Charli Mills has returned to lead the troop with this prompt at the Carrot Ranch
May 4, 2016 prompt: In 99 words (no more, no less) include insects in a story. Periwinkles, bees laden with pollen, ants building hills. What can insects add to a story? Do they foreshadow, set a tone, provide a scientific point of interest or a mystical element? Let you inner periwinkles fly!
As I’ve mentioned before, my childhood was filled with insects.
Dad, a country man to his fingertips, loved all that nature had to offer – pond life and the mysteries of birds, earth’s ability to regenerate and restore itself despite man’s clumsy attempts to destroy it. But he was at his happiest seeking out butterflies and moths – beetles, too, and dragonflies but lepidoptera – butterflies and moths – were what got him really excited.
Have you ever been on a butterfly egg hunt? Beaten sallows to see what falls on a sheet?
Spent frosty afternoons kneeling by the roots of poplars, pulling back turf in the hope of finding pupae? Believe me, you haven’t lived. I learnt the importance of taking care – these are delicate structures; the need for keen eyed recognition; for patience and disappointment – though it wasn’t often we were disappointed because there’s so much going on at the level of the tiny and delicate that a failure to find what we set out for only meant there was the possibility of the unexpected. And even if we were completely unsuccessful, well that only meant the anticipation for next time was heightened – sort of a rollover for our particular lottery.
One especially joy, for Dad (and the Archaeologist too, as I’m sure he will comment upon), was to read a book, maybe from the Victoria era, maybe from the 1930s describing a ‘bug hunt’ and replicating it, to see if we could find what the ancients found. There was something deliciously timeless about that connection down the years, the idea we were at one with that distant group, sharing the same thrill that they had.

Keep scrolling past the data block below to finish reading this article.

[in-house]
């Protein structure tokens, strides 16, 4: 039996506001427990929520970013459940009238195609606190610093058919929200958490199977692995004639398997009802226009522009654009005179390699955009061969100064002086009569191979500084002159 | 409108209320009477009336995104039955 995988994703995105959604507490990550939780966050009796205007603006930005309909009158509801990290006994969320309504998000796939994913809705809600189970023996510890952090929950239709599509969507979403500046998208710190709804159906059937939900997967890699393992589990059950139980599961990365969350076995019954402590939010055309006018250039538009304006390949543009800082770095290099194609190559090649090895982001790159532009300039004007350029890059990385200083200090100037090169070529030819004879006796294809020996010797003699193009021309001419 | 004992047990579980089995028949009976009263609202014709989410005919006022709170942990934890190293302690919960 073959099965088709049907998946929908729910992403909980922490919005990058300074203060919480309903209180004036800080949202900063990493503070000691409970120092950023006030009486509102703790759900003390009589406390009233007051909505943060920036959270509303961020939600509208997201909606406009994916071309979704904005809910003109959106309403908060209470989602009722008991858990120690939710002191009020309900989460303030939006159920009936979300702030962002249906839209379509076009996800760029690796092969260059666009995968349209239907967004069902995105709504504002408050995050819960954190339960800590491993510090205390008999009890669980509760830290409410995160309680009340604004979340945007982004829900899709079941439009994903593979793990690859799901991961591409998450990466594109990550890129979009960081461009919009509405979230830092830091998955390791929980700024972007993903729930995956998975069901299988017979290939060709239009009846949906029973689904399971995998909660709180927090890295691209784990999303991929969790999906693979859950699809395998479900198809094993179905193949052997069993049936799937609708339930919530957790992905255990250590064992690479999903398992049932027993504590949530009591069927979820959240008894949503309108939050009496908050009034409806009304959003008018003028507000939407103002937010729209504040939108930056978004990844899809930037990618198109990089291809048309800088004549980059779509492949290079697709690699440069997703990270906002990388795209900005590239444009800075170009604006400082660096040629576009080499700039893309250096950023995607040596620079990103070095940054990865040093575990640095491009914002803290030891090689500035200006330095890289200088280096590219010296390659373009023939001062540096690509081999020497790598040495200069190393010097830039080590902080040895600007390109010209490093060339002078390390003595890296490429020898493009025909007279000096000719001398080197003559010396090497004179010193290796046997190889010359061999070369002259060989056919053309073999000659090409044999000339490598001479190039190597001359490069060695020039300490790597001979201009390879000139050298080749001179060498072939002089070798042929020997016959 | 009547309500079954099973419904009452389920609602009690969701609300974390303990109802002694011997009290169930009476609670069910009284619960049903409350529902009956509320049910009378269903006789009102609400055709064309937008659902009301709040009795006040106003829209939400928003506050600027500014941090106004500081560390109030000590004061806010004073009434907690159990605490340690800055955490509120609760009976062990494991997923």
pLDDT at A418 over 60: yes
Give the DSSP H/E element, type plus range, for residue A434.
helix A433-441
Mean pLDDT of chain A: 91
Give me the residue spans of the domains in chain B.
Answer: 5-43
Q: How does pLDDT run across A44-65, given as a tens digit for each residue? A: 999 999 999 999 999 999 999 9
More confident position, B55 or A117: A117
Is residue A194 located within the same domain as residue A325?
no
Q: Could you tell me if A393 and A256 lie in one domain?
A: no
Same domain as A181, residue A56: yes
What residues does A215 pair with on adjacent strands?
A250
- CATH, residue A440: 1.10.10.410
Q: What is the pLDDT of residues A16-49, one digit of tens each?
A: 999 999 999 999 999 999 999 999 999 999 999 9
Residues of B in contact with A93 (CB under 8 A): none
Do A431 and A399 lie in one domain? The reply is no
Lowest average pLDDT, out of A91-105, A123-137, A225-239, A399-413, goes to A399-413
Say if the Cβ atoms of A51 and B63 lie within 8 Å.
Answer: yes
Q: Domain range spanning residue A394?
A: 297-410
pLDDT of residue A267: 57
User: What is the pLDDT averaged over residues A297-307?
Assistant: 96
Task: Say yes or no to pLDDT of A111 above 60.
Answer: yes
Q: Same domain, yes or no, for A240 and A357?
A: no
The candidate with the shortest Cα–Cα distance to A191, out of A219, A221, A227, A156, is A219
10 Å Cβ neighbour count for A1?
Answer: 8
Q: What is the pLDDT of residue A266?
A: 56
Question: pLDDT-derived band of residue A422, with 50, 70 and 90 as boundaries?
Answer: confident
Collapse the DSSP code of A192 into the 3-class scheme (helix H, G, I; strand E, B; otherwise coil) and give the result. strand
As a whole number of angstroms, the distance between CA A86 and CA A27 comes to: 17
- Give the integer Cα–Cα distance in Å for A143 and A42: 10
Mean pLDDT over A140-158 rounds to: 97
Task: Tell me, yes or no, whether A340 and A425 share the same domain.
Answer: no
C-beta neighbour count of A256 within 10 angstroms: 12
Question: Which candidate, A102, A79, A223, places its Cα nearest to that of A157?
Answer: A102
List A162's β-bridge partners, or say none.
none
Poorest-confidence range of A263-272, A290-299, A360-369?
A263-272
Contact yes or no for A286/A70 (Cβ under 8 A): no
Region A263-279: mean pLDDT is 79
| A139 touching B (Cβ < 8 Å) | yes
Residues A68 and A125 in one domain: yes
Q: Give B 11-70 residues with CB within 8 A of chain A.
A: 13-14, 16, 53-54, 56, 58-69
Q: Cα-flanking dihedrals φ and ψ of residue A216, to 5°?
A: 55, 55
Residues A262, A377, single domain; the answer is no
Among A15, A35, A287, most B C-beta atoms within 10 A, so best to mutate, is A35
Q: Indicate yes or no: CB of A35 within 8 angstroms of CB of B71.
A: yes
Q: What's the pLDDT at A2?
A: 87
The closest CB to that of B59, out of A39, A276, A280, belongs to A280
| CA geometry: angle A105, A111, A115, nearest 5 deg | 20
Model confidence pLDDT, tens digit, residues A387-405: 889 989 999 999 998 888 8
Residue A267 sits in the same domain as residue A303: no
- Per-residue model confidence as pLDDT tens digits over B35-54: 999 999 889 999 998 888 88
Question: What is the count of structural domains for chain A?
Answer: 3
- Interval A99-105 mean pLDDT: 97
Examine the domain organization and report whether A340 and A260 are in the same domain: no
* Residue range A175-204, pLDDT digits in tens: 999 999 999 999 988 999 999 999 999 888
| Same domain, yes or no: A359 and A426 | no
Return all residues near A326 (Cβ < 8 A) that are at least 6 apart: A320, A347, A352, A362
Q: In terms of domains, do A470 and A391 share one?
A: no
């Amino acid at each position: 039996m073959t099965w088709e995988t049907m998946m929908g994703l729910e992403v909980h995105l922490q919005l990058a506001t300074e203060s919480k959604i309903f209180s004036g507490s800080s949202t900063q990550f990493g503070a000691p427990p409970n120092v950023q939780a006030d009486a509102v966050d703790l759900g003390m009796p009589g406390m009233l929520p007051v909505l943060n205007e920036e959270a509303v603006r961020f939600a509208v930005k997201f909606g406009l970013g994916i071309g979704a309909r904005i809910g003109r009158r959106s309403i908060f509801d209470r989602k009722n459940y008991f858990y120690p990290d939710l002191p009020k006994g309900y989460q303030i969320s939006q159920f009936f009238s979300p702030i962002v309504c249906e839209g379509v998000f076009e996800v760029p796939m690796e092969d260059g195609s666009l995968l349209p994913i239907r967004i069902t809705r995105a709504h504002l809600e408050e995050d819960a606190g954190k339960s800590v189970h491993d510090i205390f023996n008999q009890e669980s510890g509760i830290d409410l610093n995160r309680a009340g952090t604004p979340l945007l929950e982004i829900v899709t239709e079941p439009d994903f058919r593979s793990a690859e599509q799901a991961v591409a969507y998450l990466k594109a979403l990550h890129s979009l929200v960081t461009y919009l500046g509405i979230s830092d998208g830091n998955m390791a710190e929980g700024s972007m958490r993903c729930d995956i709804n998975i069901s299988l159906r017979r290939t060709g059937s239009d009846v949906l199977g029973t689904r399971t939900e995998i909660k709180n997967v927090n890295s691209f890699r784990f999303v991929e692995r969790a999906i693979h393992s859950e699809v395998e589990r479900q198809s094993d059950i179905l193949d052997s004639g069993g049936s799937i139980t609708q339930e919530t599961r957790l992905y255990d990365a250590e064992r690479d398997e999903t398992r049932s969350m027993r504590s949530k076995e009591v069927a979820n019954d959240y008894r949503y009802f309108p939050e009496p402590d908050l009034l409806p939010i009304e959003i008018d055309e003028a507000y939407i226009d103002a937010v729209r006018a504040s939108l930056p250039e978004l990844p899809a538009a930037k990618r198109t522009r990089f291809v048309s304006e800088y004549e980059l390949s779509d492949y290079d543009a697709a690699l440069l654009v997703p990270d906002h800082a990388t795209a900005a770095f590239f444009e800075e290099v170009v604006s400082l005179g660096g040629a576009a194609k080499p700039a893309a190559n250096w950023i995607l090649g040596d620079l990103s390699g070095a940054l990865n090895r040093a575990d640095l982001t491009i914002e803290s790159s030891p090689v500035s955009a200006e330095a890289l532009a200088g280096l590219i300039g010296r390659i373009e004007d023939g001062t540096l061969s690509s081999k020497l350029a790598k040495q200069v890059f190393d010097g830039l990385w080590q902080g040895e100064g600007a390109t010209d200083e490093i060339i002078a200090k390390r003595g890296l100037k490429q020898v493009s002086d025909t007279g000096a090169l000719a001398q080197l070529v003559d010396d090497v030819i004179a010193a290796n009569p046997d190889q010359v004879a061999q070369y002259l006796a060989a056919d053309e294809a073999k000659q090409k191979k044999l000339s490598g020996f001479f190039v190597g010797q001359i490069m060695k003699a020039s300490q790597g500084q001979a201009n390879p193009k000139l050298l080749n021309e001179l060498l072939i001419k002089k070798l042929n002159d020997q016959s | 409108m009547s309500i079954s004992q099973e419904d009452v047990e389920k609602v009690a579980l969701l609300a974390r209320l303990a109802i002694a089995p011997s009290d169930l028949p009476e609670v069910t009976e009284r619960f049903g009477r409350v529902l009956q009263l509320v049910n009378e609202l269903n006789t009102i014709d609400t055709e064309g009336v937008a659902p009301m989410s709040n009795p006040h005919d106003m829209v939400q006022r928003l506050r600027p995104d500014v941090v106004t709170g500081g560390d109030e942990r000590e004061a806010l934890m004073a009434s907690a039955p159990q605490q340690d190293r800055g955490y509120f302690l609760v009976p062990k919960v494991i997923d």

Wading into the dykes at Grove Ferry in Kent to hunt for small holes in the stems of bull-rushes where the larvae of the china mark moths live followed one such piece of research.
Of course, as with bird nesting, the aim was to create a collection. The breeding that followed the discoveries of eggs and larvae and pupae had a single purpose back then. To bring the butterfly or moth through to its final state, the imago, and kill it – we all had lidded jam jars filled to a third with plaster of Paris soaked in ethyl acetate – that sickly sweet stuff they use in dry cleaners. Killed, they would be set out on a board with pins and paper strips until rigid and then put in a glass case to admire. That death follows life thing seemed entirely normal back then though as species declines became more and more apparent into the 80s Dad’s focus changed to breeding and releasing to improve stocks.
You could learn a lot spending time with a naturalist like Dad – about beer and poetry too. I’m glad I can still recall those long passed days when it was always sunny, even when it rained.
As so to the prompt, Mary is still coming to terms with her half brother Rupert moving so close by.
The sting in the tail
Mary sighed. Rupert. This time she needed him. ‘Can you watch Charlotte? I’ll drop Penny at her dance class. Tea after.’
She was delayed and hadn’t brought her phone. In the kitchen she found a scribbled note on the fridge said ‘hospital’ with Rupert’s number. There were 8 missed calls on her phone.
‘It was a bee sting. She began to swell. Mum was allergic so I knew the signs. They’ve given her adrenaline; she’ll be fine.’
Mary sat in traffic her mind a jumble. If she was going to have a guardian angel, why him?
If you want to catch up with Mary’s story to date, click here